This means that, for most of the devices used, in a controlled test, the inaccuracy of measurement of caloric expenditure was between 9 and 13%.  However, there are limitations.  For example, in another recent study, 23 subjects were fitted with two Fitbit and Fitbit Ultra accelerometers, two industry-standard accelerometers, and an indirect calorimetry device (which served as the reference).  These subjects participated in 6 minute bouts of treadmill walking (3.5 mph), jogging (5.5 mph), and stair stepping.  The results of this study indicate that the Fitbit and Fitbit Ultra are reliable and valid for monitoring steps and for determining energy expenditure while walking and jogging without an incline (the Fitbit devices produced estimates of caloric expenditure that were 88-113% of those values that were measured by the indirect calorimetry device).  However, with inclined activities, the Fitbit and standard accelerometers under-estimated energy expenditure by 40% or more.  Finally, in another recent study,20 participants (10 male, 10 female) wore a Fitbit on the hip and also wore a separate indirect calorimeter as a reference.  These subjects performed walking and running trials on a treadmill and a simulated free-living activity routine.  The authors found that:

The Fitbit significantly underestimated EE [energy expenditure] for cycling, laundry, raking, TM [treadmill] 3 mph at 5% grade, ascent/descent stairs, and TM 4 mph at 5% grade, and significantly overestimated EE for carrying groceries. Energy expenditure estimated by the Fitbit was not significantly different than EE calculated from the Oxycon Mobile [the indirect calorimeter] for 9 activities.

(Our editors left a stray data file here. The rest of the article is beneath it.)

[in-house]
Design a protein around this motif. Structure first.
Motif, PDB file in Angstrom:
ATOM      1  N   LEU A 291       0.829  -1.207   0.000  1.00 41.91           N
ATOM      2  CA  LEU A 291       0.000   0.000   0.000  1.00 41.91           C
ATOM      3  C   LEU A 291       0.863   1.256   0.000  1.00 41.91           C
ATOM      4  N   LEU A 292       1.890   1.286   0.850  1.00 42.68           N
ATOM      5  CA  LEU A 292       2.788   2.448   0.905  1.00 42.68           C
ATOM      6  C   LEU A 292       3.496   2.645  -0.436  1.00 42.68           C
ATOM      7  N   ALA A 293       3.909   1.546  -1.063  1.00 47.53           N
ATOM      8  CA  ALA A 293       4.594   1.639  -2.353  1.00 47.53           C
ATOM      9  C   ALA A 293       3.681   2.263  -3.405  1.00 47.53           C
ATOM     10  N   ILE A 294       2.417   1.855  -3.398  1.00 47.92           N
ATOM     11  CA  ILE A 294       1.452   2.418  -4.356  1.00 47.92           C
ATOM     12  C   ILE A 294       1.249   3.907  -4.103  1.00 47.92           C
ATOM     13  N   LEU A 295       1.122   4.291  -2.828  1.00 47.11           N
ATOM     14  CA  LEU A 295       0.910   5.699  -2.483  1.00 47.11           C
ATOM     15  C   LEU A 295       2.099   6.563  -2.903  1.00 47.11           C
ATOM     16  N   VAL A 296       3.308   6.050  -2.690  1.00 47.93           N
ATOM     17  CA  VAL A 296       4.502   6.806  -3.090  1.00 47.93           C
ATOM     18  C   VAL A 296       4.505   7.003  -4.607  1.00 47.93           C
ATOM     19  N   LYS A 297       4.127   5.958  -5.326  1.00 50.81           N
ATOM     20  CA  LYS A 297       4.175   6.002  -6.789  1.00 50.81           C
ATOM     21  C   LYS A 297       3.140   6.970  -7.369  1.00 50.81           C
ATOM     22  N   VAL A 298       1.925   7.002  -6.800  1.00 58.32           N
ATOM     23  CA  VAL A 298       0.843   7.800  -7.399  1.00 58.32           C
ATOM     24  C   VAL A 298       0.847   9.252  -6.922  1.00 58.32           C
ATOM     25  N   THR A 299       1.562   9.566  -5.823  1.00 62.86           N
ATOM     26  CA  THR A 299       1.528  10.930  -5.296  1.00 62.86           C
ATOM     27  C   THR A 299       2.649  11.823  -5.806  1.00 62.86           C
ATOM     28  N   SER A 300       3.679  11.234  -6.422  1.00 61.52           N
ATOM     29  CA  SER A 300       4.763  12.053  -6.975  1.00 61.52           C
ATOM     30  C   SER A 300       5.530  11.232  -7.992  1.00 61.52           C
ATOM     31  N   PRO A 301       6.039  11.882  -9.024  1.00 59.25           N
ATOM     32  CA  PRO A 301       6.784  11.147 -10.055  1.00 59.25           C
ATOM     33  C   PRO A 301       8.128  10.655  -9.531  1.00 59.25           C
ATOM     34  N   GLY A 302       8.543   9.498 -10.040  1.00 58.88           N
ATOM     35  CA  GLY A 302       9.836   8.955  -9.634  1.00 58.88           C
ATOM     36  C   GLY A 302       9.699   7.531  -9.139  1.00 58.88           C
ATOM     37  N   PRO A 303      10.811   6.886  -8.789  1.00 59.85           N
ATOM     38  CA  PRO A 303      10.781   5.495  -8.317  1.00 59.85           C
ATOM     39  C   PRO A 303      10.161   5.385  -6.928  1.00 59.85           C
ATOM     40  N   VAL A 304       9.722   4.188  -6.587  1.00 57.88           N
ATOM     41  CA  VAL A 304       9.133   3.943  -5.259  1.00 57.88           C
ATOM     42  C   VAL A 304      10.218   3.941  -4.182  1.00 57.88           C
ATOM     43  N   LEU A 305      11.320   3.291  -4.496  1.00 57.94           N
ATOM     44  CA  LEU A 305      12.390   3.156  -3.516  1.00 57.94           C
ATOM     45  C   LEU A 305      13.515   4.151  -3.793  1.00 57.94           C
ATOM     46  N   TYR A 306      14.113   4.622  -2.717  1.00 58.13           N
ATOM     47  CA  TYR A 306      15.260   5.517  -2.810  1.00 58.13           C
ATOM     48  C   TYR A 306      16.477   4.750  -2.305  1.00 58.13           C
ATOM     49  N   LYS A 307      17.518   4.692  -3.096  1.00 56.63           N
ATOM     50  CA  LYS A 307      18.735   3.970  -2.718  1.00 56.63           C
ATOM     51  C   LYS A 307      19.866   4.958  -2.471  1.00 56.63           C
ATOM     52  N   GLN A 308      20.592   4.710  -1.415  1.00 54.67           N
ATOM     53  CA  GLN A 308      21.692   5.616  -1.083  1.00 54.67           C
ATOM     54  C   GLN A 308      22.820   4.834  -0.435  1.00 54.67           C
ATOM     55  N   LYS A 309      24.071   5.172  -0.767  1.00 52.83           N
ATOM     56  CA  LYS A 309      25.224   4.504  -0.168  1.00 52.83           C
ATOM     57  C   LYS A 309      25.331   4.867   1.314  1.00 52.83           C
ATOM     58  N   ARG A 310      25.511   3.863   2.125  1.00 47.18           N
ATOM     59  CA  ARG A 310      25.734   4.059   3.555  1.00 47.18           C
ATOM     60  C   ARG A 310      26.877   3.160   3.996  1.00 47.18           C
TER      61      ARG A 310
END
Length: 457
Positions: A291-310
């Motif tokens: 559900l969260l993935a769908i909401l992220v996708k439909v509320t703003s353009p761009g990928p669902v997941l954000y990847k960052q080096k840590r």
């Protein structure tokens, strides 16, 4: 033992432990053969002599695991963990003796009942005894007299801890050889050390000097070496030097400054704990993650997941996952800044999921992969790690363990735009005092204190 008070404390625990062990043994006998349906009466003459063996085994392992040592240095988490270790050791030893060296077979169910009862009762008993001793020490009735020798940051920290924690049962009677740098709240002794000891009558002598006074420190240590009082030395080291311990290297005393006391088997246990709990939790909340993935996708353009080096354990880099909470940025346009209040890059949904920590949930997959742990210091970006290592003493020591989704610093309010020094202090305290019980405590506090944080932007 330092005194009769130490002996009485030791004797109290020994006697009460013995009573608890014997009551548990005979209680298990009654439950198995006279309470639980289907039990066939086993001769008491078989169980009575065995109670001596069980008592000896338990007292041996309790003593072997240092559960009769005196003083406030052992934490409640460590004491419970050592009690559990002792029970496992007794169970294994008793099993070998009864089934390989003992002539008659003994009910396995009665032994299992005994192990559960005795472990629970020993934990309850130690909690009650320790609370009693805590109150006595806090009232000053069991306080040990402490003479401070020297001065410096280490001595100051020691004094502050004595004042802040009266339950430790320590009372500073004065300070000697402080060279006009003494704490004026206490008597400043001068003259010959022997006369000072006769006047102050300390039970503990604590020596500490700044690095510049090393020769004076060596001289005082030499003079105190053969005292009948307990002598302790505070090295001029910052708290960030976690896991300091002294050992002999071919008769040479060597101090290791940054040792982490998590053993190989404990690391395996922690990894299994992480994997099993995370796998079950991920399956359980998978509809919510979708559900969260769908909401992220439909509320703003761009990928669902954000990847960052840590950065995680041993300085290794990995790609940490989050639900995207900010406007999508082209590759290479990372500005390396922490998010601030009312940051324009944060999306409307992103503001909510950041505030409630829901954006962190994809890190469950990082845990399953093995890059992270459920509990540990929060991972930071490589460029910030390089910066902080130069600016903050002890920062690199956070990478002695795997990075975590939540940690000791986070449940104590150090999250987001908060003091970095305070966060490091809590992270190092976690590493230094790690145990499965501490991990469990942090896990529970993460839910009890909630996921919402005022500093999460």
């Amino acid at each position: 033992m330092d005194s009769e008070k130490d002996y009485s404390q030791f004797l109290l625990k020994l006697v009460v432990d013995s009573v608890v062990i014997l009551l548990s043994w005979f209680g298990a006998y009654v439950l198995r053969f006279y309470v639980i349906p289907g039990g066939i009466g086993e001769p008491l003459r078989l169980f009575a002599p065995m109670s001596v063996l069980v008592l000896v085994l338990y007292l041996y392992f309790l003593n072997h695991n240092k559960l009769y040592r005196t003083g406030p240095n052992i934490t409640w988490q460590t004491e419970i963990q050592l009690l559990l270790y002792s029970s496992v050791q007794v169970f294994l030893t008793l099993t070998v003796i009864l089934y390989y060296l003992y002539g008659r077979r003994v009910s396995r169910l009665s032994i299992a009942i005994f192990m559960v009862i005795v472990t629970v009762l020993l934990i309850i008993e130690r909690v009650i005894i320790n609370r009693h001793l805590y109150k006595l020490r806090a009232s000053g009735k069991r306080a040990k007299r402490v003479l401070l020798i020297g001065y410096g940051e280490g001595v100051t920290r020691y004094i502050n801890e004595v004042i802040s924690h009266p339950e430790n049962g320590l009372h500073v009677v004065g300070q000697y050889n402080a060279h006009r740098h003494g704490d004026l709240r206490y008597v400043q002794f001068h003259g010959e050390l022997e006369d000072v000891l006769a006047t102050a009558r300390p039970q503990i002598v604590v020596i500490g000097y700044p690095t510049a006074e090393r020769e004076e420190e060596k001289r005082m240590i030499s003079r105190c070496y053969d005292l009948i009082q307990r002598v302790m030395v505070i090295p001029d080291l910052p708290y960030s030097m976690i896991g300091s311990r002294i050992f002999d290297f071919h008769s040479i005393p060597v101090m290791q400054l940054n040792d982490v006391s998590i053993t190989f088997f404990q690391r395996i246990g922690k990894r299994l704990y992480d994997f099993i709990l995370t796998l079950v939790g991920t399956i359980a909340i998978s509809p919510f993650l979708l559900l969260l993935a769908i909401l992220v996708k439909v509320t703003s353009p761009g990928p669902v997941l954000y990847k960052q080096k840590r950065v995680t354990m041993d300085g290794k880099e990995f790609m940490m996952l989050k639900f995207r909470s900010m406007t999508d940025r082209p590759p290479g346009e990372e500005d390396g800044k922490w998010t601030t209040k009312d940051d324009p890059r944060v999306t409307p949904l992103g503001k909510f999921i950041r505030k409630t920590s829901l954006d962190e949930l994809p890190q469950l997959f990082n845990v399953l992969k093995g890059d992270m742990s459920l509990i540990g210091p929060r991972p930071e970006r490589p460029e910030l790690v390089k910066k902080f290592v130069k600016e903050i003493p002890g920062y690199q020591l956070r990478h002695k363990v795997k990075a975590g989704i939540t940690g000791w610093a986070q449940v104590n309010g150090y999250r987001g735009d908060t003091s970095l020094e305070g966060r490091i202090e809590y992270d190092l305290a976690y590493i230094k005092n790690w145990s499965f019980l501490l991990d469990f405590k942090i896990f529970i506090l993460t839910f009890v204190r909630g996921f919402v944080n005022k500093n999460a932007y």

The authors then conclude that:

The Fitbit worn on the hip significantly underestimates EE of activities. The variability in underestimation of EE for the different activities may be problematic for weight loss management applications since accurate EE estimates is important for tracking/monitoring energy deficit.

My conclusion is that accelerometers, like the Fitbit, can serve a useful role in an individual’s fitness program.  These devices do not cost as much as more sophisticated “athlete-grade” devices, but can provide, with limitations, a decent snapshot into “calories burned.”  For limited fitness activities, which many people use for their fitness, such as walking the dog around a park or walking with co-workers over the lunch hour, the Fitbit-like devices appear particularly well-suited.  If you are planning to use such a device, please discuss it with your health-care provider to best incorporate it into an overall fitness program.


Adam, NJ, Spierer, DK, Gu, J, et al.  Comparison of steps and energy expenditure assessment in adults of Fitbit Tracker and Ultra to the Actical and indirect calorimetry. J Med Eng Technol 2013 Oct; 37 (7): 456-462.

Lee, JM, Kim, Y, and Welk, GJ. Validity of consumer-based physical activity monitors.  Med Sci Sports Exerc 2014 Sep; 46(9): 1840-1848.

Sasaki, JE, Hickey, A, Mavilia, M., et al. Validation of the Fitbit Wireless Activity Tracker for prediction of energy expenditure. J Phys Act Health 2014 Apr; epub ahead of print.



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  1. Pingback: The Facts About Weight Loss From Using A Fitbit-Like Device | An Allergist/Immunologist's Guide to Living Well